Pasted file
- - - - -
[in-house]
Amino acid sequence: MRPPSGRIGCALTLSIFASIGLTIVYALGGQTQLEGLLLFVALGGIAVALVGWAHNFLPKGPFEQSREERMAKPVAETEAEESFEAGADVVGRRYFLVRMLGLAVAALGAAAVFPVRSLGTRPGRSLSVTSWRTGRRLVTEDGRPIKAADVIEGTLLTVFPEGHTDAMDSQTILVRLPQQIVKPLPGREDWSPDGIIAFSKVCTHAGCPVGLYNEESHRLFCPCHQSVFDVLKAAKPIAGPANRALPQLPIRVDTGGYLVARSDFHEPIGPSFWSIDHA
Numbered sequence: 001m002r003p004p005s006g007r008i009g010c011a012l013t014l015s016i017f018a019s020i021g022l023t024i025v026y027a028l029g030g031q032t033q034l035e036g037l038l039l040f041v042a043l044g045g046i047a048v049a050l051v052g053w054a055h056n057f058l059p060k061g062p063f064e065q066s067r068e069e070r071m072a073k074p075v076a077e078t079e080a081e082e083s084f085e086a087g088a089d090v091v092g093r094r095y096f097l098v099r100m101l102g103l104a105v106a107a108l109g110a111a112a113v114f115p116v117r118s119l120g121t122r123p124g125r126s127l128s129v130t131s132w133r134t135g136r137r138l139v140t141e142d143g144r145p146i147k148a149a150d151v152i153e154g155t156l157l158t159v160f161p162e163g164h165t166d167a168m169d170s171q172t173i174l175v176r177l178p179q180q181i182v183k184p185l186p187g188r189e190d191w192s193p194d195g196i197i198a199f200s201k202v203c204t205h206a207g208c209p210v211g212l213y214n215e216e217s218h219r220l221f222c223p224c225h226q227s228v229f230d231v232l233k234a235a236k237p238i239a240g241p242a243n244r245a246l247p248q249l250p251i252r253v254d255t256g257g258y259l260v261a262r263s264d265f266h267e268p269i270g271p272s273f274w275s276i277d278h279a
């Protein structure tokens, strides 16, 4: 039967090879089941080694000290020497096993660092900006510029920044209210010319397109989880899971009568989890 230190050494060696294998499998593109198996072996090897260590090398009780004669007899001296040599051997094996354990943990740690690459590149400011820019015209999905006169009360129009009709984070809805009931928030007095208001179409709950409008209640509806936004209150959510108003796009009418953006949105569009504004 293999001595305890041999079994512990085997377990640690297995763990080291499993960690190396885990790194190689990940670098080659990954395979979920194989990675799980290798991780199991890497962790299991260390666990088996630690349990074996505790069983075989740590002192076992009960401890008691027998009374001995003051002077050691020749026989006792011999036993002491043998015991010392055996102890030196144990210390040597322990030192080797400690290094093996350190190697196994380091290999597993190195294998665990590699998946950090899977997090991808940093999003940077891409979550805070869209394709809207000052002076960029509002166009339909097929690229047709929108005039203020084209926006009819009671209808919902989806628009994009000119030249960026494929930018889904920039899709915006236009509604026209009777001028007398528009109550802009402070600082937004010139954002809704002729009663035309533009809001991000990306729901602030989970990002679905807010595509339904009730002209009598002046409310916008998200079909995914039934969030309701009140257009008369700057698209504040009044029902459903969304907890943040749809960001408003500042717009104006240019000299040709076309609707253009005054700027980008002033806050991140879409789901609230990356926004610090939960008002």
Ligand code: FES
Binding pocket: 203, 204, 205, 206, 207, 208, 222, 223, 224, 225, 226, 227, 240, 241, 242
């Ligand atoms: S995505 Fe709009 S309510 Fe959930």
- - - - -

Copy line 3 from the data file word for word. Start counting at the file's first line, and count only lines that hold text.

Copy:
Numbered sequence: 001m002r003p004p005s006g007r008i009g010c011a012l013t014l015s016i017f018a019s020i021g022l023t024i025v026y027a028l029g030g031q032t033q034l035e036g037l038l039l040f041v042a043l044g045g046i047a048v049a050l051v052g053w054a055h056n057f058l059p060k061g062p063f064e065q066s067r068e069e070r071m072a073k074p075v076a077e078t079e080a081e082e083s084f085e086a087g088a089d090v091v092g093r094r095y096f097l098v099r100m101l102g103l104a105v106a107a108l109g110a111a112a113v114f115p116v117r118s119l120g121t122r123p124g125r126s127l128s129v130t131s132w133r134t135g136r137r138l139v140t141e142d143g144r145p146i147k148a149a150d151v152i153e154g155t156l157l158t159v160f161p162e163g164h165t166d167a168m169d170s171q172t173i174l175v176r177l178p179q180q181i182v183k184p185l186p187g188r189e190d191w192s193p194d195g196i197i198a199f200s201k202v203c204t205h206a207g208c209p210v211g212l213y214n215e216e217s218h219r220l221f222c223p224c225h226q227s228v229f230d231v232l233k234a235a236k237p238i239a240g241p242a243n244r245a246l247p248q249l250p251i252r253v254d255t256g257g258y259l260v261a262r263s264d265f266h267e268p269i270g271p272s273f274w275s276i277d278h279a